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In this action involving various allegations against the former mayor of the City of Central Falls, the Supreme Court affirmed the decision of the superior court granting summary judgment in favor of Defendant, the Rhode Island Interlocal Risk Management Trust, holding that summary judgment was properly granted. Specifically, the Supreme Court held (1) the complex nature of the case did not preclude the hearing justice from considering the Trust’s summary judgment motions; (2) res judicata did not bar new claims made by two plaintiffs, but those claims were barred by the pertinent statute of limitations; and (3) regarding old claims brought by the same two plaintiffs, the hearing justice did not err in granting summary judgment on Plaintiffs’ claims for intentional infliction of emotional distress, public disclosure of private facts and false light, and defamation. View "Shannahan v. Moreau" on Justia Law

Posted in: Personal Injury

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The Supreme Court affirmed the judgment of the superior court granting summary judgment in favor of Defendant, Pare Engineering Corporation, on John Rocchio Corporation’s action asserting claims for interference with prospective contractual relations, negligence, and breach of contractual obligations due to Rocchio as a third-party beneficiary of the contract between Pare and the Warwick Sewer Authority (WSA), holding that summary judgment was properly granted. The WSA entered into an agreement with Pare for consulting and engineering services relating to a sewer infrastructure expansion project planned by the WSA. Pare provided requests for proposal that would serve as the basis for the biding process for potential general contractors. Rocchio was the low bidder, but the contract was awarded to another bidder. Rocchio then brought this action. The hearing justice granted Pare’s motion for summary judgment. The Supreme Court affirmed, holding that summary judgment was appropriate on all claims. View "John Rocchio Corp. v. Pare Engineering Corp." on Justia Law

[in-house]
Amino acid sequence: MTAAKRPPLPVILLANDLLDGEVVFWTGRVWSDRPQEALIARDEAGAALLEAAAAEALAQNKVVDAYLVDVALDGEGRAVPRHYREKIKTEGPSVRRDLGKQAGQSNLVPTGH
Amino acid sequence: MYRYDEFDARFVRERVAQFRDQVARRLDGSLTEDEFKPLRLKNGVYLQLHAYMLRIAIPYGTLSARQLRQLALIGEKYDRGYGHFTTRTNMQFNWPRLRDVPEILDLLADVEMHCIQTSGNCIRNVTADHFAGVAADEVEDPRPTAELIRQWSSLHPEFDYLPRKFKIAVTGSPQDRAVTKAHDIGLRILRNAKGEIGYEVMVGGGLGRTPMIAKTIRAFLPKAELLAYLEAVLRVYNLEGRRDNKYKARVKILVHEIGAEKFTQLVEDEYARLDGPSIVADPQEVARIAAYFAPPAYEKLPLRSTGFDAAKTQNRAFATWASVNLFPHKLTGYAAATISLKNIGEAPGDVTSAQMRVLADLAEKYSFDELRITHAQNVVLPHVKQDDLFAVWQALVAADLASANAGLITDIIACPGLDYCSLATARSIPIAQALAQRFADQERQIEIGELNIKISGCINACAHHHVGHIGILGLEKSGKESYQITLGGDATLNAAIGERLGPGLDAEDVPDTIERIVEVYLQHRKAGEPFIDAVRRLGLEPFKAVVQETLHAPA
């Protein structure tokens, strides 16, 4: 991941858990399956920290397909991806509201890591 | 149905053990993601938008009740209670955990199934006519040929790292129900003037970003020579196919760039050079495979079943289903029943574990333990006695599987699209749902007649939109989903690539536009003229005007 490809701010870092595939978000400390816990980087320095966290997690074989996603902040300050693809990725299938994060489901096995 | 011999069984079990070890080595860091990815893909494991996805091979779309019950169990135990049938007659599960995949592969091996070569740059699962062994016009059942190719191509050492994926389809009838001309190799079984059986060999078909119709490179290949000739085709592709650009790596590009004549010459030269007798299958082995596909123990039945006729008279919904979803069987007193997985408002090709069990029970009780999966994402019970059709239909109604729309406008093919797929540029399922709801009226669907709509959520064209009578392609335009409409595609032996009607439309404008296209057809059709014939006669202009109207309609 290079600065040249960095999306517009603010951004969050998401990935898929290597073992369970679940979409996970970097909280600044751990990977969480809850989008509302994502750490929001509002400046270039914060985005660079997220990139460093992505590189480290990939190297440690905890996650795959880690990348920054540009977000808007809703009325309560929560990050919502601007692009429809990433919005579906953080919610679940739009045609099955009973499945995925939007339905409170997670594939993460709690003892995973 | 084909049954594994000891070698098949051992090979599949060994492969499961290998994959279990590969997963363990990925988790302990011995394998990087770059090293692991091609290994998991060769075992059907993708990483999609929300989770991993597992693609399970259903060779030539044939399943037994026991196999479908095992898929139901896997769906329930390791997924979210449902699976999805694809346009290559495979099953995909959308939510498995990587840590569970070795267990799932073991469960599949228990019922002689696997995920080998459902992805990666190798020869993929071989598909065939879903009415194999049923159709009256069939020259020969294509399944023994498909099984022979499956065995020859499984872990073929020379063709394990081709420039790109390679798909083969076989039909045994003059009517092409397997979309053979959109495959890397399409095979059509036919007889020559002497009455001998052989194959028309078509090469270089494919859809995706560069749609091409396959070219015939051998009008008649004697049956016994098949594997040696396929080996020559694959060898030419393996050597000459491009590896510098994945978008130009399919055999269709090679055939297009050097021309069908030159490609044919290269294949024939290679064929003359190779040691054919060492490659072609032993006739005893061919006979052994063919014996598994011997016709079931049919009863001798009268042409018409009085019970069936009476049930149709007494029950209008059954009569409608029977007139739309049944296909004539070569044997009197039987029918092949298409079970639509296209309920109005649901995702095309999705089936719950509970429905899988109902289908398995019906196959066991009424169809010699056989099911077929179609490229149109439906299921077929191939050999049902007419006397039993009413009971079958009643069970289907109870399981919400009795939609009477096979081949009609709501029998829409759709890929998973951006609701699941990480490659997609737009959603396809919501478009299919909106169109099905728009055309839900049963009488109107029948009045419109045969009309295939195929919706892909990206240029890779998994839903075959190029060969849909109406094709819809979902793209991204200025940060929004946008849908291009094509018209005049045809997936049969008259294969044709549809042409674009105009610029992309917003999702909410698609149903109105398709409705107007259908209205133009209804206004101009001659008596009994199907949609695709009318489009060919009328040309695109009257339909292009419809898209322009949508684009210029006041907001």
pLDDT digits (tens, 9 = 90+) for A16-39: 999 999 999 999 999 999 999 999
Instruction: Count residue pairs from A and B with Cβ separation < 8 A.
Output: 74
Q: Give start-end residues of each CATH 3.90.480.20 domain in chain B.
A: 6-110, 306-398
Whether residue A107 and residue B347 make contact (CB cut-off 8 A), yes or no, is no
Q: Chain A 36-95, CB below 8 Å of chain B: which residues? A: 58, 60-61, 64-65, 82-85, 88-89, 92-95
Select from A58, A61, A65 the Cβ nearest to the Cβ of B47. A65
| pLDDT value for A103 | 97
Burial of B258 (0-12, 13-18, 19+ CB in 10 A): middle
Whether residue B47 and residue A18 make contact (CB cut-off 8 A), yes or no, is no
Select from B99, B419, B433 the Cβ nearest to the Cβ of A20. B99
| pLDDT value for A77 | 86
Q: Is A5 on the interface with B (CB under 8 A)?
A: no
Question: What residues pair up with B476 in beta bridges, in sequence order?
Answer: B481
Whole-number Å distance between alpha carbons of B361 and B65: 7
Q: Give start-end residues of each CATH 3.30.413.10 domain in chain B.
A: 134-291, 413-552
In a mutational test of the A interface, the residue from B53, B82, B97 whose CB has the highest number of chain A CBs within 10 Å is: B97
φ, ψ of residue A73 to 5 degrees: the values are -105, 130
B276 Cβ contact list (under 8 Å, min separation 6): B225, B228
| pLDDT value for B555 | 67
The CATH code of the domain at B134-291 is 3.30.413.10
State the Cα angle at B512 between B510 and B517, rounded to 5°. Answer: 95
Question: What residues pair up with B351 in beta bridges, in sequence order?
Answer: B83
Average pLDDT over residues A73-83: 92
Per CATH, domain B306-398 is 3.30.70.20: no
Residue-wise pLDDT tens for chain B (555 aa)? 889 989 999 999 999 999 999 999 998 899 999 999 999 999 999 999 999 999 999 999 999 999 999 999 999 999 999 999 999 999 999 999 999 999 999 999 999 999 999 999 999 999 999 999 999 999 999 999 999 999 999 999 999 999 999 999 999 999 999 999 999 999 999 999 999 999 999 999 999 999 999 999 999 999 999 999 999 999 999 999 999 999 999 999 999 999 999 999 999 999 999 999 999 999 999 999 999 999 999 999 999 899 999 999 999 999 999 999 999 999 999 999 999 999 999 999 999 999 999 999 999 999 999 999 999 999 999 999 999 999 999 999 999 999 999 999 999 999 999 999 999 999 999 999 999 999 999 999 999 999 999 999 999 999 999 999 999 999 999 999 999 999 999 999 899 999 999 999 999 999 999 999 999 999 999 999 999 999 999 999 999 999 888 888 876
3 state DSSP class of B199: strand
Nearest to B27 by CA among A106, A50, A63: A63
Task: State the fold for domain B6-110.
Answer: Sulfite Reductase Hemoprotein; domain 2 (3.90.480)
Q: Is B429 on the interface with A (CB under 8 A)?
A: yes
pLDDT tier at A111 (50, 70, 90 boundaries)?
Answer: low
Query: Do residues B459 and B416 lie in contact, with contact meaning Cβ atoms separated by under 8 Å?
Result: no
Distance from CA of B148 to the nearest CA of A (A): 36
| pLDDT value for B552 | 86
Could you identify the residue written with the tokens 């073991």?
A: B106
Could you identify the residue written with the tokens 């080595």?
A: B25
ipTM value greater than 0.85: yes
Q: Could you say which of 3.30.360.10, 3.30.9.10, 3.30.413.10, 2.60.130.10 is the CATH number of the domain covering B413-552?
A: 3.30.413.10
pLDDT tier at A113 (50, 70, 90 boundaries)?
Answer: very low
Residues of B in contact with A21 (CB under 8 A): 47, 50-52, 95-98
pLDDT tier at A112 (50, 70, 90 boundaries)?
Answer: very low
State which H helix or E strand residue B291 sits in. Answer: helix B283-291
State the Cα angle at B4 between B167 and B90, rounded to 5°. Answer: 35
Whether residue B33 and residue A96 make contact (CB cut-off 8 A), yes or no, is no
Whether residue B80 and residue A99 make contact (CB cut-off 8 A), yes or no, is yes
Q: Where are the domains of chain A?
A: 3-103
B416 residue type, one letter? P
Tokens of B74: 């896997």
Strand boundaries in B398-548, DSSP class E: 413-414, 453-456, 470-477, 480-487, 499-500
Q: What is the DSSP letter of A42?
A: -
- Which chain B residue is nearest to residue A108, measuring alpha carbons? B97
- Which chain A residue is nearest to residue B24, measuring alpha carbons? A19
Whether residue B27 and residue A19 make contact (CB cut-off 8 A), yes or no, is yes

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The Supreme Court vacated the judgment of conviction after a jury found Defendant guilty of first degree sexual assault and murder, holding that Defendant was entitled to a new trial because the trial court violated the Confrontation Clause. In this cold case, Defendant was charged with the crimes for which he was convicted twenty-five years after the victim was murdered. On appeal, Defendant argued, among other things, that the trial justice erred by allowing statements of deceased declarants to be admitted into evidence, in violation of the Confrontation Clause. The Supreme Court agreed and vacated Defendant’s convictions, holding (1) the Confrontation Clause was violated when the State implicitly conveyed to the jury the content of statements made by deceased witnesses, both through a detective’s testimony and the closing argument of the prosecutor; and (2) these violations were not harmless beyond a reasonable doubt. The Court remanded the case to the superior court for a new trial. View "State v. Roscoe" on Justia Law